At the end of April, the Security Council surprised many observers by renewing the MINURSO mandate for only six months rather than a year, as had been the usual practice over the last decade. That raised a number of questions: Why the change? What did it hope to accomplish?
If the intention was to give the new Personal Envoy a boost by suggesting greater Security Council attention to the issue through a more “urgent” deadline for a review, there is no evidence to date that the shorter fuse has produced any shift in anyone’s position on the core questions.
There are a lot of obstacles in the way of a solution to this problem, but not the least of them is that the Security Council and the Secretary General’s Personal Envoy are working at cross-purposes. And that has been true for a long time. Indeed, in my view, they have been at cross-purposes since the days of James Baker, and have remained so through the tenures of Van Walsum, Ross and now Kohler.
In 2003 the Council endorsed the need for a “mutually acceptable political solution” that also respected the principle of “self determination.” However, the Council has never explained what it means by either of these ideas. Baker put two specific proposals on the table during his tenure – one not so bad and the other not so good – but the Council refused to endorse either of them or suggest that either should form the basis of a negotiation. Periodically, the Council expresses some positive appreciation of Morocco’s autonomy initiative, as have some members of the Council. However, these fairly anodyne endorsements have failed to move any of the Parties an inch towards anything that might be “mutually acceptable.”
What is the problem here?
The problem is that while the Secretary General and his various rotating Personal Envoys may be after a solution to this problem, the Security Council itself, and most especially some of its most powerful permanent members, have been more than content to perpetuate the status quo. That is probably most true in Washington, but it holds good for other Permanent Five members as well. Meaning, the Council and the Secretary General’s Personal Envoys have never been on the same page – and they still are not.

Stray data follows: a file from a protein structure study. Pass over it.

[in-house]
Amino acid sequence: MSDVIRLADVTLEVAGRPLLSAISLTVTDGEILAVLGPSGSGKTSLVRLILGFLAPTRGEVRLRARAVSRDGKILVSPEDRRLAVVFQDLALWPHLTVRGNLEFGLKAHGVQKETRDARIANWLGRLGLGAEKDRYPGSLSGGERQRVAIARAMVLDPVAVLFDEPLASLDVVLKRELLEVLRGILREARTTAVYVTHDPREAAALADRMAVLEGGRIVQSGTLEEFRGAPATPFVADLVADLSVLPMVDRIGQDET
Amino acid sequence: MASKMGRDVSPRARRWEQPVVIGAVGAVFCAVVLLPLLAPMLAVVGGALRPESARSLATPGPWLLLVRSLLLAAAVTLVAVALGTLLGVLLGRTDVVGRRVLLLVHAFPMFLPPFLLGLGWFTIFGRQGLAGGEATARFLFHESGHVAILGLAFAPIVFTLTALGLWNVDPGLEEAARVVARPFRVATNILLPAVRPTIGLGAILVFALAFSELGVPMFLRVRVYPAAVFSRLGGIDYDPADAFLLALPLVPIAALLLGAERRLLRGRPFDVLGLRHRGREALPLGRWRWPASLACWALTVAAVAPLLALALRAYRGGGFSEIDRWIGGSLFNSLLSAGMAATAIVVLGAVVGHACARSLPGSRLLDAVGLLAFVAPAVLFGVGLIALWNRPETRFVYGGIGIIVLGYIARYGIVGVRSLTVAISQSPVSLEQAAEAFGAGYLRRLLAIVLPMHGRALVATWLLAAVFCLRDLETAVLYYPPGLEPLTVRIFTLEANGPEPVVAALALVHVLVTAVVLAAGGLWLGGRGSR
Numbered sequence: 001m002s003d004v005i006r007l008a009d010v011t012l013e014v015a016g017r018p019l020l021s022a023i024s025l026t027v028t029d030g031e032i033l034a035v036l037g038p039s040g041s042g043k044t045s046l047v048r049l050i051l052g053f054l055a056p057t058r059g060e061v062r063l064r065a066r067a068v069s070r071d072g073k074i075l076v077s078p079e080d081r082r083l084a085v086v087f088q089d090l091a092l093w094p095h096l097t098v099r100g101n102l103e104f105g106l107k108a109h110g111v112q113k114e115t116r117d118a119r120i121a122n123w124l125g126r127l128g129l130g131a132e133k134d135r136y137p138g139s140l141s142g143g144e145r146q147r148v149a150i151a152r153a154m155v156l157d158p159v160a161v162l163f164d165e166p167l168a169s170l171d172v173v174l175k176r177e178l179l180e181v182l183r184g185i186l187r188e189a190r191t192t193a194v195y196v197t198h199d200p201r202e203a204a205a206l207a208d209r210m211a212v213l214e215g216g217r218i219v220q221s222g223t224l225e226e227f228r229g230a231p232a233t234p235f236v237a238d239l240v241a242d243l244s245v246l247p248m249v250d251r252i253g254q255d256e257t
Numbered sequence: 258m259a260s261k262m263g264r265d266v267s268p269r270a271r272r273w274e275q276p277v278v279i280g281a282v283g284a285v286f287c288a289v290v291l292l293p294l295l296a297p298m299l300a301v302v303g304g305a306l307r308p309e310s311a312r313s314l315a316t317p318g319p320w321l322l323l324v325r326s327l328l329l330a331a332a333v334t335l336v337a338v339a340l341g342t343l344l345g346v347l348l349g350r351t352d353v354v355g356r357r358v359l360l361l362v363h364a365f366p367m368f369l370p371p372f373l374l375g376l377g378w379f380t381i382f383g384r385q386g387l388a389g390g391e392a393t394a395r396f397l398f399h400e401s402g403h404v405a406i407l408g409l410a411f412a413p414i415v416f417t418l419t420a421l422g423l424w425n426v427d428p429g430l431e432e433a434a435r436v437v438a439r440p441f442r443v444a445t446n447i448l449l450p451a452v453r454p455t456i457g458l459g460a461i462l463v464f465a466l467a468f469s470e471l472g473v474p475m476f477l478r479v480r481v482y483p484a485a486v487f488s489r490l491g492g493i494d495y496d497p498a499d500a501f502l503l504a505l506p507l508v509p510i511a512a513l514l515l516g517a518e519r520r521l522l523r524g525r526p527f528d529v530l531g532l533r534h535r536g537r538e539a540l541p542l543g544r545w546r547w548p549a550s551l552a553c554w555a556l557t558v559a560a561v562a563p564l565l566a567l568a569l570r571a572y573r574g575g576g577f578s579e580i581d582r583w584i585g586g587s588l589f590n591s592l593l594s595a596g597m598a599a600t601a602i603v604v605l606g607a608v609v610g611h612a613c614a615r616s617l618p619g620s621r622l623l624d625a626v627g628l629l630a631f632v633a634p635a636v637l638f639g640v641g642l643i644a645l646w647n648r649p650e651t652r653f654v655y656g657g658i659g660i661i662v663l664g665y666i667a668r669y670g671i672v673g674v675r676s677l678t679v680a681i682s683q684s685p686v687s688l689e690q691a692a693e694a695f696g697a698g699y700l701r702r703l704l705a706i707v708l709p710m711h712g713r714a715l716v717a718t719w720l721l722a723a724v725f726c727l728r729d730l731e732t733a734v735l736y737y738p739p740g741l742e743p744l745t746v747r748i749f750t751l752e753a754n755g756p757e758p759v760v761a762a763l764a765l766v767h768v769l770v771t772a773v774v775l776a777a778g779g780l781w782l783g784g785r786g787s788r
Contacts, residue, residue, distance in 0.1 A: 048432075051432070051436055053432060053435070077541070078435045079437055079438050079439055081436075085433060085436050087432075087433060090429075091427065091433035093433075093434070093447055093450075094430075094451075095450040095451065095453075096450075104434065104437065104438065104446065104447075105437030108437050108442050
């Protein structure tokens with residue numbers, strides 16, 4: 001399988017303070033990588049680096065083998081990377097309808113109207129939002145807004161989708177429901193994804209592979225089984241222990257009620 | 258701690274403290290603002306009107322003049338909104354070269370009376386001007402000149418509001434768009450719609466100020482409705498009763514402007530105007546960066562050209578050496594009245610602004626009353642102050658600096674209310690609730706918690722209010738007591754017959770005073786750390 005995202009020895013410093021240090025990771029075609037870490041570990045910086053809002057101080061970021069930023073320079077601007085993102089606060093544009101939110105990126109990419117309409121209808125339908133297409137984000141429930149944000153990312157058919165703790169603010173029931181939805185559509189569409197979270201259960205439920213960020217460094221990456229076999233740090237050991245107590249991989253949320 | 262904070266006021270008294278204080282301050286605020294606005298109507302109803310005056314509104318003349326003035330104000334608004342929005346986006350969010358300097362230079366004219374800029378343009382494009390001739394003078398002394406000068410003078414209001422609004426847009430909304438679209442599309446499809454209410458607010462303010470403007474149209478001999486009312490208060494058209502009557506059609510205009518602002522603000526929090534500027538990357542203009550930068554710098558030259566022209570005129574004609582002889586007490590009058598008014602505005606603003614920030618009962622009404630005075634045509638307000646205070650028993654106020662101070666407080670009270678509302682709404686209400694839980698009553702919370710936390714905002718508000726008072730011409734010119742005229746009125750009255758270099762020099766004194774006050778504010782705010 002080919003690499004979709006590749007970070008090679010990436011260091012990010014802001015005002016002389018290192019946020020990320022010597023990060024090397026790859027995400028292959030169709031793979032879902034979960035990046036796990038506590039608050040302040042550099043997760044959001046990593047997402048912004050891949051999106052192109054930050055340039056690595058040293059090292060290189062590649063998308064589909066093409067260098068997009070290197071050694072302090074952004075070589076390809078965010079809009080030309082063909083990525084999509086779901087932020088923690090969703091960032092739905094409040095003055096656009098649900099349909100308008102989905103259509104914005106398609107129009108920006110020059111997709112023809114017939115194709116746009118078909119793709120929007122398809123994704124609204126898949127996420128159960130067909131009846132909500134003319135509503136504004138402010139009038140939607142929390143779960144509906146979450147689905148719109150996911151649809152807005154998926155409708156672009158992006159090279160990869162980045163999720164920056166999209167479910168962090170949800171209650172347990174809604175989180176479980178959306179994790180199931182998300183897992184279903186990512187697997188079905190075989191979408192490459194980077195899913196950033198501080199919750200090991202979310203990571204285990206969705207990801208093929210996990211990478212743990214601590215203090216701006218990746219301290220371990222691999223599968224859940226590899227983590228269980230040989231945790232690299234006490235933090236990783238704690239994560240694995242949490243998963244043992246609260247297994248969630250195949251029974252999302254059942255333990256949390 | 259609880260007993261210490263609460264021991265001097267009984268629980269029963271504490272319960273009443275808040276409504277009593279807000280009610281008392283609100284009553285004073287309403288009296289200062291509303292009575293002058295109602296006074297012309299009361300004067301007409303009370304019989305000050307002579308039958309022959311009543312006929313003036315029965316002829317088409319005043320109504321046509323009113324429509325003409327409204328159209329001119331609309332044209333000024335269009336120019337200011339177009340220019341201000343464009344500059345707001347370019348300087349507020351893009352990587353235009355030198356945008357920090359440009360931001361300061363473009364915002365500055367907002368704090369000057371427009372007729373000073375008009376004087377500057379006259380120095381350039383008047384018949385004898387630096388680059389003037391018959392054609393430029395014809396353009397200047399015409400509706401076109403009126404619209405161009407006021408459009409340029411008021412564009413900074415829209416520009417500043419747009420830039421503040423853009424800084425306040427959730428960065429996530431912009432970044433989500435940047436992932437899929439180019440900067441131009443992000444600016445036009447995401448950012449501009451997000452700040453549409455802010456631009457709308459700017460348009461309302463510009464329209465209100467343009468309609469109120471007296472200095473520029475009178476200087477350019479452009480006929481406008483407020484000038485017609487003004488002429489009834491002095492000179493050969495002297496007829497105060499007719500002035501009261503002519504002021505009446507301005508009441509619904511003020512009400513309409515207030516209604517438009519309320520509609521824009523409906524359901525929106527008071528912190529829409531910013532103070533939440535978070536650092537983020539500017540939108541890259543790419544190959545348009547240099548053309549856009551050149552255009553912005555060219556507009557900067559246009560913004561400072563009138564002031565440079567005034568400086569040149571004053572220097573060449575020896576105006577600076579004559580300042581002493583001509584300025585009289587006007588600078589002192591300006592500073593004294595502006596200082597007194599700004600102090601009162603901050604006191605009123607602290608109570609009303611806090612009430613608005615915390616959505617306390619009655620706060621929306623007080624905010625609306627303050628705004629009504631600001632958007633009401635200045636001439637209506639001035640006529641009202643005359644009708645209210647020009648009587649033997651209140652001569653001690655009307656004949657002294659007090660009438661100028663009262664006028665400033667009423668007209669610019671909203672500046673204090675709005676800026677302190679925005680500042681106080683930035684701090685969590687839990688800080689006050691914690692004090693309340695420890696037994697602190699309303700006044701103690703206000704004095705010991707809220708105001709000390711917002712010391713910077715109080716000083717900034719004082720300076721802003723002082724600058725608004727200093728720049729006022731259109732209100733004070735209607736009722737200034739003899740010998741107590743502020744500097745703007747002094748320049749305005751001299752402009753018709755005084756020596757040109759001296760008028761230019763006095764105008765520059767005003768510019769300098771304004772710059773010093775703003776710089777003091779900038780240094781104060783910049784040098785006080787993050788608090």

It simply is not reasonable to expect that Mr. Kohler is going to produce any sort of magic wand, in any time frame, that eluded his predecessors while the Council itself and its most powerful members continue to obfuscate and dither in favor of the enduring stalemate. The Secretary General may claim the status quo is not sustainable and raise red flags about the deteriorating security circumstances in the region as a reason to get off the fence with this problem, but until some important Council members decide to bite the bullet and make a positive decision about what is needed to fix this, it seems unlikely the Parties themselves will move any closer to a productive negotiation. This is the reality of Western Sahara. It is not “fake news.”
So come October, we will likely be where we were in April. In my next blog I will explore some of the non-decisive options the Council could seize upon in October to give the impression of movement – and try to suggest why some of those options may indeed produce “movement,” but not necessarily any “progress.”
Robert M. Holley, Senior Policy Adviser, MACP